Tag Archives: leap year

Suicide Prevention: Talk About It at Work

Suicide is a serious public health problem — but is preventable.

Suicide has a dramatic impact on the workplace in both human and financial terms. According to the Centers for Disease Control and Prevention, suicide was the 10th-leading cause of death in the U.S. in 2010. There were 38,364 suicides—an average of 105 each day. In addition to the loss of life and suffering of surviving family members, colleagues and friends, the suicides resulted in an estimated $34.6 billion in combined medical and work loss costs.

In addition, for every one suicide, there are 25 attempted suicides. An estimated 8.3 million adults (3.7% of the adult U.S. population) reported having suicidal thoughts in the past year.

We want business leaders to understand that suicide prevention IS a workplace issue, and that they can create an environment where individuals are more likely to reach out for the help they need.

You likely already have employee benefits, such as an employee assistance program (EAP), in place that offer valuable resources for employees and family members in need. Unfortunately, most people who attempt suicide do not reach out to the resources that are available to them.

Simply talking can save lives. (Let’s dispel the myth right here – talking about it does not trigger suicidal thoughts or attempts. When the subject of suicide is treated responsibly in a non-sensational manner, discussion can generate increased awareness and understanding, thereby increasing the chance that the person suffering from suicidal thoughts will seek and receive support and help.) When barriers come down and people seek help for mental illness, as many as 90% can significantly reduce their symptoms and improve their quality of life.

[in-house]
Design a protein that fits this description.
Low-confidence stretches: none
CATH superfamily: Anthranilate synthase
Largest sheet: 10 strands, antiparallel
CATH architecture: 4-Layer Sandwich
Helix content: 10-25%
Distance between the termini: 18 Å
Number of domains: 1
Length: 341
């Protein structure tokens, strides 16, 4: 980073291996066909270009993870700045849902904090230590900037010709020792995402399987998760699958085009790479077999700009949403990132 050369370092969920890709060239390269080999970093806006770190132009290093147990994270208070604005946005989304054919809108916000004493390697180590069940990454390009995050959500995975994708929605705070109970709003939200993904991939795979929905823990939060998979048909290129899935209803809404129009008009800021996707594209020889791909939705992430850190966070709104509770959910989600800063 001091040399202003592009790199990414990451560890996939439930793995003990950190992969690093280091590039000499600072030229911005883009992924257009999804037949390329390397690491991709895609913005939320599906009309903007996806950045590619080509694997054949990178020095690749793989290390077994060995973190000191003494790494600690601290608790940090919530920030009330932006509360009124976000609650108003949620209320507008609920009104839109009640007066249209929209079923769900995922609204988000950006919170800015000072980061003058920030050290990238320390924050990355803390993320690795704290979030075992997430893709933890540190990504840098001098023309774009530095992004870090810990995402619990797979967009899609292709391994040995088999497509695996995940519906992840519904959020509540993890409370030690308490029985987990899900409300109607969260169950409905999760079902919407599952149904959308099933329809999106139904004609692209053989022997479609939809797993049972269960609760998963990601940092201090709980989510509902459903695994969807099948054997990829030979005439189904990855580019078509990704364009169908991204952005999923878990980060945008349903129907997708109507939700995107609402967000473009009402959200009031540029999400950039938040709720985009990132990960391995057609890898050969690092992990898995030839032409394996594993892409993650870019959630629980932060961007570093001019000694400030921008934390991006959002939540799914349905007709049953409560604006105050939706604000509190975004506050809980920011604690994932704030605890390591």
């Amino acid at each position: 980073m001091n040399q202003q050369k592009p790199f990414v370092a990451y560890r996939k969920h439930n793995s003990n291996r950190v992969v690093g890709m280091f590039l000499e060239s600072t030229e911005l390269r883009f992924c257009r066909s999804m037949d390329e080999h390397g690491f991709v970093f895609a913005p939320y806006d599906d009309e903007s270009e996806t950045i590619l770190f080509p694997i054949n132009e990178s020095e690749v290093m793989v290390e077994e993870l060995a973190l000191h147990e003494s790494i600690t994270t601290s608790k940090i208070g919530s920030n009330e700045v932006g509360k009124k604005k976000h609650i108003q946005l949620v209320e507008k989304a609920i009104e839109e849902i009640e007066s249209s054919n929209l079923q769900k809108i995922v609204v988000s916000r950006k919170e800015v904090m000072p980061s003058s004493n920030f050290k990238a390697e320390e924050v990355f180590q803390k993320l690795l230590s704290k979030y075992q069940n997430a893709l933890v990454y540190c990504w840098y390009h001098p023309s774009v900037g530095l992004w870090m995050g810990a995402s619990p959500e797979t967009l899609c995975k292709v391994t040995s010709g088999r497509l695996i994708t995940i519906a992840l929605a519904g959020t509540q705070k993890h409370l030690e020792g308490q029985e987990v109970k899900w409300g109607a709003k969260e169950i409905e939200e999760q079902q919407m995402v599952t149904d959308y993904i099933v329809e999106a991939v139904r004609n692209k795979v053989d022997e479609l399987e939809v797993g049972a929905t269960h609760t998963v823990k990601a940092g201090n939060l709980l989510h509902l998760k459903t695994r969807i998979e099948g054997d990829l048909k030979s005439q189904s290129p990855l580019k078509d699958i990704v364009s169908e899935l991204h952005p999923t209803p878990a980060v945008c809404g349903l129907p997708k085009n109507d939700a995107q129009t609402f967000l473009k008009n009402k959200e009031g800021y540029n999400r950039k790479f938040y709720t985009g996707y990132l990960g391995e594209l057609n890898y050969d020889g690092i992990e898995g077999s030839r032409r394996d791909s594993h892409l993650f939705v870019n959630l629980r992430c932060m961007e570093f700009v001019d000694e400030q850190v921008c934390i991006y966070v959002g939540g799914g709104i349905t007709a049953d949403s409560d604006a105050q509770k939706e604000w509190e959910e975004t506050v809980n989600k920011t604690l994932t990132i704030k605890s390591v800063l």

So, specifically, what can you do?

You can begin with a campaign to de-stigmatize mental health issues and to encourage people to seek help. Create a supportive environment where corporate leadership shows that they value physical and emotional health. Convey key messages such as, “It’s a sign of strength to ask for help,” and encourage employees to take talk of suicide seriously, whether in a family member, friend or co-worker.

Many employers are beginning to create greater dialogue on this topic. The National Action Alliance for Suicide Prevention is the public-private partnership advancing the National Strategy for Suicide Prevention. The Workplace Task Force of this group, in particular, has developed several public service announcements targeted at employers and organizational leaders. The group has also developed tools to support the workplace in addressing suicide prevention.

For more information, including a comprehensive blueprint for a workplace suicide prevention program, visit the National Alliance for Suicide Prevention, Workplace Task Force.

For information on an anti-stigma campaign, visit stampoutstigma.com.

Leap Year Season 2, Episode 10 – How To Bite


Leap Year Season 2: Episode 10 by Mashable